Weddings are moving further and further away from being constrained by tradition, and it’s not unheard of for couples to host a morning reception followed by brunch or lunch. Brunch food is perfect for buffet style serving, e.g. fruits platters, muffins and different omelettes. If you’re interested, see this complete article on hosting a brunch wedding. Hint, it includes coffee and donuts…
Finally, questions to ask your caterer
- Do they have tastings available? If not, reviews from others are essential.
- How many staff members will be available and will they be available to pour drinks, wash dishes and serve wedding cake, as well as the main fare?
- What crockery, cutlery, glassware, salt/pepper (etc, etc) is included?
- Is tea and coffee provided?
- What will staff wear (and does this suit your formality?)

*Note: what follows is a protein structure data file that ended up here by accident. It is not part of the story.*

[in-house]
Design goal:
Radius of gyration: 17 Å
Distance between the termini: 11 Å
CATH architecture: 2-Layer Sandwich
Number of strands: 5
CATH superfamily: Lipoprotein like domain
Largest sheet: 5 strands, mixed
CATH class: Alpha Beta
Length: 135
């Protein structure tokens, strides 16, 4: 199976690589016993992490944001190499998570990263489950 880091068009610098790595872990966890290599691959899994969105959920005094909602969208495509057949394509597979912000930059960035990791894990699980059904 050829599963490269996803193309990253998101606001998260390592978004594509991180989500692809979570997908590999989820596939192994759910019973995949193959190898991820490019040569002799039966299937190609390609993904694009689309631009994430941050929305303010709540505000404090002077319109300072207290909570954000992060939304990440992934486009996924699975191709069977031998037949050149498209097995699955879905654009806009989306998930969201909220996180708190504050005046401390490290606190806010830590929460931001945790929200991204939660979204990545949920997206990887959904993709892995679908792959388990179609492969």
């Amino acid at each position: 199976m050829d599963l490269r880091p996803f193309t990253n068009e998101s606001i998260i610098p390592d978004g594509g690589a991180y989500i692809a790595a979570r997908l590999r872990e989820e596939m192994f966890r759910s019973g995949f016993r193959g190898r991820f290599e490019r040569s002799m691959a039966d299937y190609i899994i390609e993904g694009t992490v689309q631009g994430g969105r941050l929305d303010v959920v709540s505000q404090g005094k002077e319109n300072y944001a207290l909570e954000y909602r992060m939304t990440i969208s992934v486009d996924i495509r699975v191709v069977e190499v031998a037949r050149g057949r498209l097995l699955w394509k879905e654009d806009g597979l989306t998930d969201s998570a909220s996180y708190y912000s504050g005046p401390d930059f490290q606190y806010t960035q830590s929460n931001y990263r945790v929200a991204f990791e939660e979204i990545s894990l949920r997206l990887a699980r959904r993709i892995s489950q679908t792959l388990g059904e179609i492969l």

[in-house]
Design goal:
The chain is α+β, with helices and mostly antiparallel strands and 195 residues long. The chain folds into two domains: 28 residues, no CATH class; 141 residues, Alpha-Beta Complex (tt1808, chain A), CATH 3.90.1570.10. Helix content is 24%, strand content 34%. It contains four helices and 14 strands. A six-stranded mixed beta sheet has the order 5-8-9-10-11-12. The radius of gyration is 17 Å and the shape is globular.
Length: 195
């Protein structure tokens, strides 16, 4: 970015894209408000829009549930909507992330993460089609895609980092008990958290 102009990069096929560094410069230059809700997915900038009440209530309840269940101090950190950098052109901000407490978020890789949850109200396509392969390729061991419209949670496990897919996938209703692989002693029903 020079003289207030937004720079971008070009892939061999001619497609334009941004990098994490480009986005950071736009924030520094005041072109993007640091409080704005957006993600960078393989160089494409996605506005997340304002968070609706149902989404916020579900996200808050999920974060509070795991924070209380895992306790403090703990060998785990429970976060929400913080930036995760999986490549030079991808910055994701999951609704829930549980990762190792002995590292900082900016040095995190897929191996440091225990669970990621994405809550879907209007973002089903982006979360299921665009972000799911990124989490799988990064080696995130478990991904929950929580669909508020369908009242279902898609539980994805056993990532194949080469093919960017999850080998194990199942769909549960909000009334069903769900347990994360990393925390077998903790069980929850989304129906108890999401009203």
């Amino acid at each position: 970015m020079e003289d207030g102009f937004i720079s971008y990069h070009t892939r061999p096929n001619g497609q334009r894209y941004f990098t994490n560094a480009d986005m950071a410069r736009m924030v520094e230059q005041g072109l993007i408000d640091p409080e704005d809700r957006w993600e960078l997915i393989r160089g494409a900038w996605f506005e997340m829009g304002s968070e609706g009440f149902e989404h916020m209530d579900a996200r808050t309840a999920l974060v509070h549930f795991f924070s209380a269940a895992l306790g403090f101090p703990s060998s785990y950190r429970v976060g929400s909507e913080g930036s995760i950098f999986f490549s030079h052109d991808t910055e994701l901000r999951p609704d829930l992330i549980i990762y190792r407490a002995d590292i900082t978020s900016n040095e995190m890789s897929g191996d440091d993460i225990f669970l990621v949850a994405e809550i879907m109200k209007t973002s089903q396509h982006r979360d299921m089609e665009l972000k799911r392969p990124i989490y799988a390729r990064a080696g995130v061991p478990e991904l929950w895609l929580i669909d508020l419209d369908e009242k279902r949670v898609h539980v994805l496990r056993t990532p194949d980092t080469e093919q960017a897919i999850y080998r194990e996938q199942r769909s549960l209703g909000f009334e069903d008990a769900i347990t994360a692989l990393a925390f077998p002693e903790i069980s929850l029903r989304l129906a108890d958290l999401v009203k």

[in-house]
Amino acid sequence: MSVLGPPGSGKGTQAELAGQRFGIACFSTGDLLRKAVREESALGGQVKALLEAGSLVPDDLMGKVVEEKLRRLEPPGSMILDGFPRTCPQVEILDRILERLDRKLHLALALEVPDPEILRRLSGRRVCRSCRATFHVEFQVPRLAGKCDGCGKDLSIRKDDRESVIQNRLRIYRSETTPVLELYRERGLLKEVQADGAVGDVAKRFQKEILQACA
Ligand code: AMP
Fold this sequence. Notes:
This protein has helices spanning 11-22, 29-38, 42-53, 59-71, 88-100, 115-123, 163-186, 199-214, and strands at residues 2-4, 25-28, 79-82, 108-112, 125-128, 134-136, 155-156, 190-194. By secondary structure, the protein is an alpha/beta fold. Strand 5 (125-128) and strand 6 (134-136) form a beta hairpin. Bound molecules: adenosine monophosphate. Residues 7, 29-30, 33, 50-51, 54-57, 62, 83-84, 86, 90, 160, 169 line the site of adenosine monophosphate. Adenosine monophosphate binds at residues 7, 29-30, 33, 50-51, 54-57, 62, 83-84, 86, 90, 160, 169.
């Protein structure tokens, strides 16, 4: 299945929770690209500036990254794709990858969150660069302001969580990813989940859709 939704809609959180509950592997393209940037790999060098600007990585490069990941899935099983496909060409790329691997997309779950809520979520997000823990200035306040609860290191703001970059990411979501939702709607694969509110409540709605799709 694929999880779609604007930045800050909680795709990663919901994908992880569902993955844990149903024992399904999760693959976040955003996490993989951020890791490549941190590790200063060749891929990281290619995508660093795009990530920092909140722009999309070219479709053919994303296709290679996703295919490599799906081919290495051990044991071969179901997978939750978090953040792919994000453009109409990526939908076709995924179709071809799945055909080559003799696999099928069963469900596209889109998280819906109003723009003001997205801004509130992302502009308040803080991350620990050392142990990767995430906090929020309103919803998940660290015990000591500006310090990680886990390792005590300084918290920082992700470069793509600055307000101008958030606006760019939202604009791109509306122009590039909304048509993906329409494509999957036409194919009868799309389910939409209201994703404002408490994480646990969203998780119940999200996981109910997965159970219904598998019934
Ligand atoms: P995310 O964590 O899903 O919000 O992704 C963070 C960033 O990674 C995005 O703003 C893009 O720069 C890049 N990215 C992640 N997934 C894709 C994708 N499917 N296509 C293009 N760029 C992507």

- Will there be enough food to provide a small meal for your photographers?
- Will children eat the same food?
- What happens to any leftover food (e.g. after the buffet)?
- Are they able to cater to various dietary requirements?
- What date do they require final numbers and dietary requirements? (And then add this to your diary.)
- Is a complete cleanup performed by staff after?
- What space is needed for preparation?
- How much room will be needed on tables for the type of service provided?
We hope it all goes well for you on your wedding day. Let me know about your catering plans or experiences in the comments below!